A Lot with a Little

A porch, a patio, and all of 150SF of new space completely transformed the life of this home. Featured in the CPTV special “CT’s Energy Future” this home shows how to work with what you have.

Boring Back Syndrome

We see this over and over. Most homes were built for “curb appeal”; they’re products on display to appeal from the street. When you get around to the back you often find an imposing flat wall without much thought given to the house’s relationship to the yard or the creation of any features that make that connection – either from the site landscaping or the house’s architecture. We set out to change that whenever we can.

 Sheltering Roof and Porch Connect

With a set of rather simple gestures – a long covered deck that traverses the house connecting to a charming screened porch, a few modest bumpouts nestling the patio door, and a broad stone patio surrounded by a garden and pond – what had been an uninspired facade becomes delightful. Notice the change to a shingled siding beneath the new roof while the old vinyl siding is left in place above; you never even notice that we left it be because the level that is lived on is what you notice and actually see. It works!

An Inviting Approach

This long deck connects every feature of the newly defined rear facade of the house, drawing the inside out and the outside in. Since this is the entry that is intended to welcome family and friends, an inviting bench and adjacent raised landing make it clear that this is the way inside. At the same time, the sequence of arc fronted posts draw the eye to the destination that awaits – a screen porch with a distinctive railed enclosure.

Drawn to the Door

How do you lead people to the place you’ve created to meet and greet and invite them inside? On paper that would be the front door, but when the driveway delivers everyone to the side of the house friends and family need to instinctively be drawn to the place you expect to meet them – the only use for the front door these days is Halloween!  Down this porch the arced posts create a pleasing rhythm. Notice this feature: a rain chain leading to a pool of rocks at the corner by the planter.

Creating the Flow

As we back away you begin to see what we are talking about. We’re at the end of the drive, a space folks naturally pull into to park out of the way of the garage that is just out of sight to the left. Our roof and the emergent end of the porch, along with the loose stone walk and planters, make it apparent that a visitor is welcome to make their way toward and along this sheltering entryway. Rounding the corner the majestic yard and garden come into view, while down the length of the deck the screen porch beckons. Quite a difference from the barren back we began with.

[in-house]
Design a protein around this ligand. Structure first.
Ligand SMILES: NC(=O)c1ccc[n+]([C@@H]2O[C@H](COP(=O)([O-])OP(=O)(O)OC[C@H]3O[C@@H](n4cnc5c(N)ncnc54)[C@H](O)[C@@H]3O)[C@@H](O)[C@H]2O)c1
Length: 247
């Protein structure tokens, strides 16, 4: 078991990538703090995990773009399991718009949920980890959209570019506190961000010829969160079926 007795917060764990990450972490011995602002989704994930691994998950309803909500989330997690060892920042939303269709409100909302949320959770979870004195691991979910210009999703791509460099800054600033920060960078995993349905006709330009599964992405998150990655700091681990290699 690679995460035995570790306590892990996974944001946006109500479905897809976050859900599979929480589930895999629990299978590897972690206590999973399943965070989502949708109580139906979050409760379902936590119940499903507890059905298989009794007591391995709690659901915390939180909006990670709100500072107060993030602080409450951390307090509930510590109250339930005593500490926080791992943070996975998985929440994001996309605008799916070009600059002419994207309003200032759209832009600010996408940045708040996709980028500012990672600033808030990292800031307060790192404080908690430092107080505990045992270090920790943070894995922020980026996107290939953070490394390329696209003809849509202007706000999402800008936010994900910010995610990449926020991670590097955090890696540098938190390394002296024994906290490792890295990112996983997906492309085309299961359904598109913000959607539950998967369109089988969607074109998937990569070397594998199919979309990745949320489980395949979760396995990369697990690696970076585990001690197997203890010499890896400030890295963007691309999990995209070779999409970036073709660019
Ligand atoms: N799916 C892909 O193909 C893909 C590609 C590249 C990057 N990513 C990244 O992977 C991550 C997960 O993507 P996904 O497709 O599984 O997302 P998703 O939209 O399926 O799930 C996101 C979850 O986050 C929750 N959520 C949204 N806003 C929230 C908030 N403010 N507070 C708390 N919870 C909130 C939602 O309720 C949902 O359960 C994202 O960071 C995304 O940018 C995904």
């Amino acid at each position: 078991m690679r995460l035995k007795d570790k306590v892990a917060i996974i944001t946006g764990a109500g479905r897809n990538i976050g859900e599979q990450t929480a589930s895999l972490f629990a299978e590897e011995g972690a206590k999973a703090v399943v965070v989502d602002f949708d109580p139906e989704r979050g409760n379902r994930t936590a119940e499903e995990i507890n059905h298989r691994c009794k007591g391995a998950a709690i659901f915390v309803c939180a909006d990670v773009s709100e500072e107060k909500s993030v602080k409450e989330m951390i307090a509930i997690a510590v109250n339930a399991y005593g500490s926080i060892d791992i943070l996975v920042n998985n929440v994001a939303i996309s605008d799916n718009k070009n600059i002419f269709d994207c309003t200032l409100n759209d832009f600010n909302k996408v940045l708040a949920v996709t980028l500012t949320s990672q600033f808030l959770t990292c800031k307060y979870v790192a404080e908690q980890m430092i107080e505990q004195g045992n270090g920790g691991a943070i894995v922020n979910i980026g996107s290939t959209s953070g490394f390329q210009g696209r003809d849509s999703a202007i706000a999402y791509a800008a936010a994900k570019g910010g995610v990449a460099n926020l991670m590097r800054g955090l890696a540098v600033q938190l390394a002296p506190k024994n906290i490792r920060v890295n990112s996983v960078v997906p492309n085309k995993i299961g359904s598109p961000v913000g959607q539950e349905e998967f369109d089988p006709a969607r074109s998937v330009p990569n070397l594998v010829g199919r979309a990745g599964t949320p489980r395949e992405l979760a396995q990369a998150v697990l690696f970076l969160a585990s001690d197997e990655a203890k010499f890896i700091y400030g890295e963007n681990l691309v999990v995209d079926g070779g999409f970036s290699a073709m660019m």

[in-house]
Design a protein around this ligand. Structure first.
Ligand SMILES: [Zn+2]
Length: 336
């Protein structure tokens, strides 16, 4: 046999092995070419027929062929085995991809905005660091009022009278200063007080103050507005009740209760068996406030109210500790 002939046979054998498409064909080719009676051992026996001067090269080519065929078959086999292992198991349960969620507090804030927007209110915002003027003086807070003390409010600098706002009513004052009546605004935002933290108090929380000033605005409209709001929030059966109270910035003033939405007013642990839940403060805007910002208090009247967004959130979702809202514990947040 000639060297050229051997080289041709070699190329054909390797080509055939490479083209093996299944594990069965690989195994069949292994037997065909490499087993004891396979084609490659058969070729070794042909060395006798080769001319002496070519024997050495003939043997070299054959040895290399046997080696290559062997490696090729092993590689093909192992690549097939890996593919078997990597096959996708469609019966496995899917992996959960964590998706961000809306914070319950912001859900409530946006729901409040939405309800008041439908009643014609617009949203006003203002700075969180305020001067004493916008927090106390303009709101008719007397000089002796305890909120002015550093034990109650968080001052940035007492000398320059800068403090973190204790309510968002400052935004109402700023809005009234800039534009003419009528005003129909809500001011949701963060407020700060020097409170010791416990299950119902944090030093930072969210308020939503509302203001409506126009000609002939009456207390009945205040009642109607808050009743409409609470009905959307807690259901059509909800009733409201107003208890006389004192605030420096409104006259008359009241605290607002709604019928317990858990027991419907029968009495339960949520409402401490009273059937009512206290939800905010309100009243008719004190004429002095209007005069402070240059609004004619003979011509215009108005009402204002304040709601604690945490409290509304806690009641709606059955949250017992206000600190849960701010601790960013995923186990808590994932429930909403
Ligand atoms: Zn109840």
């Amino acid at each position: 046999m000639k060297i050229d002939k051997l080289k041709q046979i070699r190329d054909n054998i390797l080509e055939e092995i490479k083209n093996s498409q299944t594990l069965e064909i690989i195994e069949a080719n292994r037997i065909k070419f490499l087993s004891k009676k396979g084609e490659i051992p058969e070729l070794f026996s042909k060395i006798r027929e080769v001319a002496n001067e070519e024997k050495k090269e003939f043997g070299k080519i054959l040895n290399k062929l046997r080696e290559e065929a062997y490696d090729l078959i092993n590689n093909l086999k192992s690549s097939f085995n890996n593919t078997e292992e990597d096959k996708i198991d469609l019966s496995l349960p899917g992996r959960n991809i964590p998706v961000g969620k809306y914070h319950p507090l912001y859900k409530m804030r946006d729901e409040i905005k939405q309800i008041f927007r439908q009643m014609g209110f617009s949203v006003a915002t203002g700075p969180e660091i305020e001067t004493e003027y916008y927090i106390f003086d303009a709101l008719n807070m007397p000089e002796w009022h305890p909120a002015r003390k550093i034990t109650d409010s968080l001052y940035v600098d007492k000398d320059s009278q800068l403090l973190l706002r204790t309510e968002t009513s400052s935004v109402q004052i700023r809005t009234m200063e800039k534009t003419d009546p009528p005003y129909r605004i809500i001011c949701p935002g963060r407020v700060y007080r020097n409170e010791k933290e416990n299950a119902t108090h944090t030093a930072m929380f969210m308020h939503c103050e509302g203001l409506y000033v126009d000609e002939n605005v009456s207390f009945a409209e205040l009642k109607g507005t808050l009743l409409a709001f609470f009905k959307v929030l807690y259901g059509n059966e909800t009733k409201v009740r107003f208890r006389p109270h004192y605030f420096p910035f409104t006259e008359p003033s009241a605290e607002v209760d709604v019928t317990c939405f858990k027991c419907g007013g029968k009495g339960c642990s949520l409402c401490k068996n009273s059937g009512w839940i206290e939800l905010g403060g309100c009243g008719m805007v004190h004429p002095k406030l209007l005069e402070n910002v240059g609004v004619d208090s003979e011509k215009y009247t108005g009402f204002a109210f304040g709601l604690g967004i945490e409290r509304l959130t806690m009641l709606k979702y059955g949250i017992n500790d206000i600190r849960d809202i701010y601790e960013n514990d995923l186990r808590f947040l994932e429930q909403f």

Organizing the Family

Just inside the back entry is this paragon of family organization. This is what every home needs, a space for everyone to drop things on the way in or grab them on the way out – before they make their way to the nearest countertop in the kitchen or draped over a chair in the dining room. There is a space for coats and backpacks, hockey sticks and baseball gloves, a wire drawer for wet gloves and mittens to dry, and space to sit to change boots and store them beneath. Add to this niches for mail and family documents to be sorted and you can see how valuably this cubby wall serves everybody.

A Kitchen that Connects

This kitchen connects. It serves the dining room beyond it. It invites folks to visit without interfering with the activities of meal preparation. There are ample areas for storage, prep, cooking, and cleanup that allow each function to flow easily. The inviting and informal family eating area is steps away, but visually shielded from the clutter of cooking. And its a kitchen that is truly the hub of family life, in the center of everything without losing its cool – architecturally warm and visually enticing, looking good with the lights up or down or awash in bountiful daylight.

Light, Views, and Transparency

This south facing wall invites the light in and your attention out. The long porch roof outside shades the interior from harsh glare and summer overheating and the door invites you to consider the space outside as just another room in the house. This is a quality we call transparency – easy movement from inside to out. Like the long porch outside, the space inside is the internal pathway starting from the mudroom, passing the kitchen and eating bumpout, moving on to the living room (that is actually lived in) and on past a window seat and out to the screen porch by way of the door that opens directly to the patio and yard. All this and views to the wonderful gardens and back fields no matter where you are in the space.

Window Seat and AV Center

This ever so slight bumpout (the baseboard heat shows where the wall had been) creates a place to curl up with the cat, a book, or a buddy (or all three) and hover at the edge of activity. Set into this cabinet is the TV, the cabinet swiveling into the room and the doors retracting to provide access to AV equipment, with CD’s close at hand.

Porch Life

Here’s that destination at the end of the sheltering rear walkway that links all the elements that transformed this house. The screen porch overlooks the yard and is steps from both the house and the patio, allowing the easy flow from inside to out that make a space like this literally another room in the house. Sheltered from the sun and cooled by the air that moves thru all four sides of the porch this refuge is the place to linger into the evening around a seasonal dining table or in these casual wicker chairs while listening to the water flowing into the pond in the garden below.

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